Matthews is pegged to be the team’s long-term left tackle, but at the outset he’ll be playing right tackle for the Falcons. It’s not really a question of whether he’ll win the job, since it’s already his, but how well he’ll handle the job as a rookie.

He’ll have some early tests in the regular season, which matchups against Cameron Jordan, Carlos Dunlap, Lamarr Houston and Elvis Dumervil. Later in the season, he could be facing the likes of Julius Peppers and Charles Johnson.

Thus, Matthews will have several opportunities to sink or swim. And while expectations are high, they should not be so high that people expect Matthews to come in right away and be great. That is a possibility but unlikely. As nearly all rookies suffer from, Matthews will likely have his ups and downs. How that balances out will be the thing to watch during Matthews’ rookie season.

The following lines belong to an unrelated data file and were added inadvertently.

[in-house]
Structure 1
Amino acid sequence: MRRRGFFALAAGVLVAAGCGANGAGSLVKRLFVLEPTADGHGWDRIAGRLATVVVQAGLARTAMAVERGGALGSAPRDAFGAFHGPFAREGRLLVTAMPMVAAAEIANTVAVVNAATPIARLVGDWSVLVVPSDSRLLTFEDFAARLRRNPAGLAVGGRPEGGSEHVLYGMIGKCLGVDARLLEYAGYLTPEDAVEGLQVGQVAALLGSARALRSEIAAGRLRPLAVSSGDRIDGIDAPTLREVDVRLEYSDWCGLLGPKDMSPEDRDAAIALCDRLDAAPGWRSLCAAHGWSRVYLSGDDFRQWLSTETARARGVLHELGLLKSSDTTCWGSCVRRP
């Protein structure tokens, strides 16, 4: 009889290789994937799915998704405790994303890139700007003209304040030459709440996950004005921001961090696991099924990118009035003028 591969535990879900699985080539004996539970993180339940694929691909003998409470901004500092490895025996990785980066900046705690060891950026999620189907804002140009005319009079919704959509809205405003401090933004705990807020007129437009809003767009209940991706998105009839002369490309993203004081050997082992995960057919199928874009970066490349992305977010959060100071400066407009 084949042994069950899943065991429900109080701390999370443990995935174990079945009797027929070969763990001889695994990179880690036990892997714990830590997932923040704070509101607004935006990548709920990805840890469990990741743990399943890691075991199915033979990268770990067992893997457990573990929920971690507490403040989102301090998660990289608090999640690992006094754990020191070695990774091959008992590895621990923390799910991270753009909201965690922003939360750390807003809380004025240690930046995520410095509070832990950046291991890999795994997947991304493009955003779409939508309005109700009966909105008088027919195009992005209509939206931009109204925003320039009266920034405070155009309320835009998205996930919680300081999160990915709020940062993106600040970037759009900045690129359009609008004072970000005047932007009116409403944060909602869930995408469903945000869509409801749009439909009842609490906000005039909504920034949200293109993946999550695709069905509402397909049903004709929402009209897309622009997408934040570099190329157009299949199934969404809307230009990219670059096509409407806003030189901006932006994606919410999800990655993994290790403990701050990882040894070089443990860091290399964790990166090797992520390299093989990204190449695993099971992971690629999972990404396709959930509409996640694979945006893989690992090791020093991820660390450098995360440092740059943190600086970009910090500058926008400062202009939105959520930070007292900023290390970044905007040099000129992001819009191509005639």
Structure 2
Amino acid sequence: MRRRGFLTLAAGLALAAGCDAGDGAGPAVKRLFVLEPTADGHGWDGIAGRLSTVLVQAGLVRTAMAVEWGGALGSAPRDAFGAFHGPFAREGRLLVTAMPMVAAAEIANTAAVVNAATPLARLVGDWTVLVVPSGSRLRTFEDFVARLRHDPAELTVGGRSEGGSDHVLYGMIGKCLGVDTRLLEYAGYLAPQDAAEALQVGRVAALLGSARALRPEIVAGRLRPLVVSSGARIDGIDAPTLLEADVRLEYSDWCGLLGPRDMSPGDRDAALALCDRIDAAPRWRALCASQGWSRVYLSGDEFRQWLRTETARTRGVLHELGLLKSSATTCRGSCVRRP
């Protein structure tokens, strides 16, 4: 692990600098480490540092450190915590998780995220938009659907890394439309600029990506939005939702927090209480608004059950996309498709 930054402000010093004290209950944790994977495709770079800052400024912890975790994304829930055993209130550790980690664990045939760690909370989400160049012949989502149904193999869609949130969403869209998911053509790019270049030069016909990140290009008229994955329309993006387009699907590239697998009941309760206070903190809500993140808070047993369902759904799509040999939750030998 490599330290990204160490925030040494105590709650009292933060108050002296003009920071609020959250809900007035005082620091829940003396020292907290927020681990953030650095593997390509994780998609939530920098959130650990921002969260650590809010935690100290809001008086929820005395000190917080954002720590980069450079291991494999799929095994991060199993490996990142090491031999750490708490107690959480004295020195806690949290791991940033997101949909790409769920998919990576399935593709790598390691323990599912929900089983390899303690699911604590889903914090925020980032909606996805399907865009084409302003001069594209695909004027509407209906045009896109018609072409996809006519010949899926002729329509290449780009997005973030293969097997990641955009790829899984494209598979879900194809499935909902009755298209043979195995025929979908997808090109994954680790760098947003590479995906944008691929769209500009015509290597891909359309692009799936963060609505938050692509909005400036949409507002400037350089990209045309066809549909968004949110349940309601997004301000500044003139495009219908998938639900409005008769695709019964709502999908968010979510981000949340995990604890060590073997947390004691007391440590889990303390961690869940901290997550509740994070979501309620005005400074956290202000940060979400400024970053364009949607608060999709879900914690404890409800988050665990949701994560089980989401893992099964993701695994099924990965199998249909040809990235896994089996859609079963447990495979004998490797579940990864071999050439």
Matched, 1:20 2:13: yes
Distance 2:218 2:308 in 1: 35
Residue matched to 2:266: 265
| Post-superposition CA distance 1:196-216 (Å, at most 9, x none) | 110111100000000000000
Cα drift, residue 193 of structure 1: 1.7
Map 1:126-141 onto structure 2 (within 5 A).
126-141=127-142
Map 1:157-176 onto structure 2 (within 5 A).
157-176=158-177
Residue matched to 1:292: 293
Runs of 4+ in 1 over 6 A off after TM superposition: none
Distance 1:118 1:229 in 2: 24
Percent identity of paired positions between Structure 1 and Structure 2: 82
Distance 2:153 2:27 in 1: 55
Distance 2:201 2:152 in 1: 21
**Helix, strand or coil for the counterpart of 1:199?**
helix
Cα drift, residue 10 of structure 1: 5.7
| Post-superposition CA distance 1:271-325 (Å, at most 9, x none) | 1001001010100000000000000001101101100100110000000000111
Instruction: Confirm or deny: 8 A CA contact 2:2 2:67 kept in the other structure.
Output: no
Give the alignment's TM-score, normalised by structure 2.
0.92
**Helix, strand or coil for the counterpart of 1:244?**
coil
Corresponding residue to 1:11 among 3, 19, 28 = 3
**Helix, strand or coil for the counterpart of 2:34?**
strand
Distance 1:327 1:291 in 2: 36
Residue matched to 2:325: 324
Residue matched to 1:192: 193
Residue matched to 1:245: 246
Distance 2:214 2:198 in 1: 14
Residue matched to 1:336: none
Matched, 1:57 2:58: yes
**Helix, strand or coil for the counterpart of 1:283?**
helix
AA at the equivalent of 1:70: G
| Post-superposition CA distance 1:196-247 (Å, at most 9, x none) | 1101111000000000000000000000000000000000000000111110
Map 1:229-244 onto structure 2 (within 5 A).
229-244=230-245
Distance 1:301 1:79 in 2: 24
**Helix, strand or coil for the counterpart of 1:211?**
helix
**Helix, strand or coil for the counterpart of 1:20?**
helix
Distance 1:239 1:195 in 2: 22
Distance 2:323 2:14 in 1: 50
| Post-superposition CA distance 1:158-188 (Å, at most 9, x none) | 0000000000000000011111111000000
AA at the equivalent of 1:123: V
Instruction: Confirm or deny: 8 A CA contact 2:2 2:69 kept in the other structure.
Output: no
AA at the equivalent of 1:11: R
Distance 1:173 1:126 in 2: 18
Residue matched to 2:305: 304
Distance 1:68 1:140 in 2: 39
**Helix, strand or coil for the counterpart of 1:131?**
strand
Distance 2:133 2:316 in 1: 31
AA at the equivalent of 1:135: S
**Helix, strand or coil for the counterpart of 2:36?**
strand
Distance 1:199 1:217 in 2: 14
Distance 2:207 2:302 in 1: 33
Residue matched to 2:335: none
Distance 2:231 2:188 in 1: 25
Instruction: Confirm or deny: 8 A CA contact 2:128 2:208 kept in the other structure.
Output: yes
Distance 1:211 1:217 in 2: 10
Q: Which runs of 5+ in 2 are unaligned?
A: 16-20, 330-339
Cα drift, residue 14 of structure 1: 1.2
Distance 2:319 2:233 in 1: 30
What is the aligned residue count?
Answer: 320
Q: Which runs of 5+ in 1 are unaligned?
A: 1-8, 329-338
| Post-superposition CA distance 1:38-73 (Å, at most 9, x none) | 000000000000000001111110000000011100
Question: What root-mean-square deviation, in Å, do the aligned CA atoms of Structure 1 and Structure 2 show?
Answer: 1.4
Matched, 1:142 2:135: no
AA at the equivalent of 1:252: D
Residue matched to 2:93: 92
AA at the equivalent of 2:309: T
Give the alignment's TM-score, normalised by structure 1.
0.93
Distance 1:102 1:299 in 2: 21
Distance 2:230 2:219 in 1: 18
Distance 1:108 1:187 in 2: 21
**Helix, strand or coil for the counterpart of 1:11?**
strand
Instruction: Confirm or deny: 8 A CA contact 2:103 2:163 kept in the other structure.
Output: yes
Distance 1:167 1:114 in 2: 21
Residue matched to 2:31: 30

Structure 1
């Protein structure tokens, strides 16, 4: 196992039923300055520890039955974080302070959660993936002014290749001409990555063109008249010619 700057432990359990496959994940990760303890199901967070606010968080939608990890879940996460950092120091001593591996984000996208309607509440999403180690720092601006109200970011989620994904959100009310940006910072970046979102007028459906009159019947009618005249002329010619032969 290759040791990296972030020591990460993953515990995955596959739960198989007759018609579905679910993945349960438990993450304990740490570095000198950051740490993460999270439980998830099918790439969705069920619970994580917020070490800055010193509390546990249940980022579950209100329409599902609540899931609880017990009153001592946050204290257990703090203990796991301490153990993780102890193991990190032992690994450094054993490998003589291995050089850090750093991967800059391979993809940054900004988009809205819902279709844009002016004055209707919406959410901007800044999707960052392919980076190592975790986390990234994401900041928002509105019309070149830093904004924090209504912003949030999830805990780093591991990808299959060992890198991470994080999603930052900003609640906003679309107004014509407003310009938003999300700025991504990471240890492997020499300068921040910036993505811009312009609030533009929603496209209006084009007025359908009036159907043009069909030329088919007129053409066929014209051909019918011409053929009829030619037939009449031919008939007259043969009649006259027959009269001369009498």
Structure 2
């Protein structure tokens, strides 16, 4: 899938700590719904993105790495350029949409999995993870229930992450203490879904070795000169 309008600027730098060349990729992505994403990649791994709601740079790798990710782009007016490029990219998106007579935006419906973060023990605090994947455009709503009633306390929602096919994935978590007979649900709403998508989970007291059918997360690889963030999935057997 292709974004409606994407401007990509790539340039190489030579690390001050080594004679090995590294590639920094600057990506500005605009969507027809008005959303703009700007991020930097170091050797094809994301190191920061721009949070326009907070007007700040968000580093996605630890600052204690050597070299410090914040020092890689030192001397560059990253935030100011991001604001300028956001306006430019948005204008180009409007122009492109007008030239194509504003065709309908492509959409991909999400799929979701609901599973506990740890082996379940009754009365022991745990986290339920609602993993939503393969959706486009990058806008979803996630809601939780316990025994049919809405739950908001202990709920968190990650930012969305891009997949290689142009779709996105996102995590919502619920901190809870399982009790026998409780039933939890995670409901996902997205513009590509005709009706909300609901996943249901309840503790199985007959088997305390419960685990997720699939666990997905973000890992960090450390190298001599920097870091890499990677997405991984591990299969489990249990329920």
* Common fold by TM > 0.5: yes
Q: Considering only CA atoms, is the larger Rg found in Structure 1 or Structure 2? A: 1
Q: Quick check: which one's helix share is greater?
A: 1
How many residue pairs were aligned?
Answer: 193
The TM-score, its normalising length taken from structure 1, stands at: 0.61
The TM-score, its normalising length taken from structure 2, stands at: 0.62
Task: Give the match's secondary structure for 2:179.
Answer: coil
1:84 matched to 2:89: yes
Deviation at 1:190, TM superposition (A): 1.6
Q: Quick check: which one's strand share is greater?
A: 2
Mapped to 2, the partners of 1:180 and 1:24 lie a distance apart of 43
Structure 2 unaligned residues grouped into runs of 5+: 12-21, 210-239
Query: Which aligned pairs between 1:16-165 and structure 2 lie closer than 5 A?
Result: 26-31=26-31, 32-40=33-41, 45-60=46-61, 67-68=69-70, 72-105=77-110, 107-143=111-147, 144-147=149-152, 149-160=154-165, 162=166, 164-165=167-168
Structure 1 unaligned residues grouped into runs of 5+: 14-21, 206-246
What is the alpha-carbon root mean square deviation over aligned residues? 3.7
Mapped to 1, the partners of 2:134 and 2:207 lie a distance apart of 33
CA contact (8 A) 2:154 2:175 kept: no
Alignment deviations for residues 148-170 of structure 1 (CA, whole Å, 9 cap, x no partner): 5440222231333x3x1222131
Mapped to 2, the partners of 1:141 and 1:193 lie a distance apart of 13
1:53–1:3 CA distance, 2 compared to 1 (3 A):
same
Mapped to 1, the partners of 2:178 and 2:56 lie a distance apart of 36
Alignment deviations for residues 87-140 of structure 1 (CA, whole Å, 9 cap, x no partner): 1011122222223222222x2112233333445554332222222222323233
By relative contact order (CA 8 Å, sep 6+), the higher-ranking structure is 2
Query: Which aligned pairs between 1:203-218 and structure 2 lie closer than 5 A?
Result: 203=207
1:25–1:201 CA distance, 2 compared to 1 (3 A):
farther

Last season, we saw the top three tackles taken in the draft: Eric Fisher, Luke Joeckel and Lane Johnson struggle early on. All three were playing right tackle in the pros after spending most of their college careers on the left side. The positive for Matthews is that he played right tackle for three years opposite Joeckel at Texas A&M, and thus his stint on the right side of the Falcons line should be like putting on an old shoe.

But it’s certainly possible that just like his predecessors, Matthews struggles initially in Atlanta. If he can manage to improve as the season wears on, then things are going to be right on track for his development.